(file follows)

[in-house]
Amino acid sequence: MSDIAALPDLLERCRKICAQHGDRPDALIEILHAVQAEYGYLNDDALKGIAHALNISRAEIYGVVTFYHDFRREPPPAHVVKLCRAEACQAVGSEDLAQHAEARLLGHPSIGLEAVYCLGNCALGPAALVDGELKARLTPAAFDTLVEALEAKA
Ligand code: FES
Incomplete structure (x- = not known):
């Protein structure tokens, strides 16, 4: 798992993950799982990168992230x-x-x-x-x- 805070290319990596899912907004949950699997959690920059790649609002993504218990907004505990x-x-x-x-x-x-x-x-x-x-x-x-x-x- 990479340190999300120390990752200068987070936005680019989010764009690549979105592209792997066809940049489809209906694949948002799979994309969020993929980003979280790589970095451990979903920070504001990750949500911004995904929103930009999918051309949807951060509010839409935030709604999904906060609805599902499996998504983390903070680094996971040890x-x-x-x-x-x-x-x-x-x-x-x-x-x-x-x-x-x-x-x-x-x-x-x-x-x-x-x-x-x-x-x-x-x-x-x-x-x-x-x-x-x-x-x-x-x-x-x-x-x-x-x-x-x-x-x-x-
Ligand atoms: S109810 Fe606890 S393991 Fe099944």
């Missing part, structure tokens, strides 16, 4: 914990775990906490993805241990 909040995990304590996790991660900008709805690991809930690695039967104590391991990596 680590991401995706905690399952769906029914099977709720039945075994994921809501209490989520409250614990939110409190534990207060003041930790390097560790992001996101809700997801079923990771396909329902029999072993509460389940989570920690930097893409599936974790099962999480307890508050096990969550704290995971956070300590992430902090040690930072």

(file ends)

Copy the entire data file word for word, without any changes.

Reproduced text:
[in-house]
Amino acid sequence: MSDIAALPDLLERCRKICAQHGDRPDALIEILHAVQAEYGYLNDDALKGIAHALNISRAEIYGVVTFYHDFRREPPPAHVVKLCRAEACQAVGSEDLAQHAEARLLGHPSIGLEAVYCLGNCALGPAALVDGELKARLTPAAFDTLVEALEAKA
Ligand code: FES
Incomplete structure (x- = not known):
């Protein structure tokens, strides 16, 4: 798992993950799982990168992230x-x-x-x-x- 805070290319990596899912907004949950699997959690920059790649609002993504218990907004505990x-x-x-x-x-x-x-x-x-x-x-x-x-x- 990479340190999300120390990752200068987070936005680019989010764009690549979105592209792997066809940049489809209906694949948002799979994309969020993929980003979280790589970095451990979903920070504001990750949500911004995904929103930009999918051309949807951060509010839409935030709604999904906060609805599902499996998504983390903070680094996971040890x-x-x-x-x-x-x-x-x-x-x-x-x-x-x-x-x-x-x-x-x-x-x-x-x-x-x-x-x-x-x-x-x-x-x-x-x-x-x-x-x-x-x-x-x-x-x-x-x-x-x-x-x-x-x-x-x-
Ligand atoms: S109810 Fe606890 S393991 Fe099944």
């Missing part, structure tokens, strides 16, 4: 914990775990906490993805241990 909040995990304590996790991660900008709805690991809930690695039967104590391991990596 680590991401995706905690399952769906029914099977709720039945075994994921809501209490989520409250614990939110409190534990207060003041930790390097560790992001996101809700997801079923990771396909329902029999072993509460389940989570920690930097893409599936974790099962999480307890508050096990969550704290995971956070300590992430902090040690930072």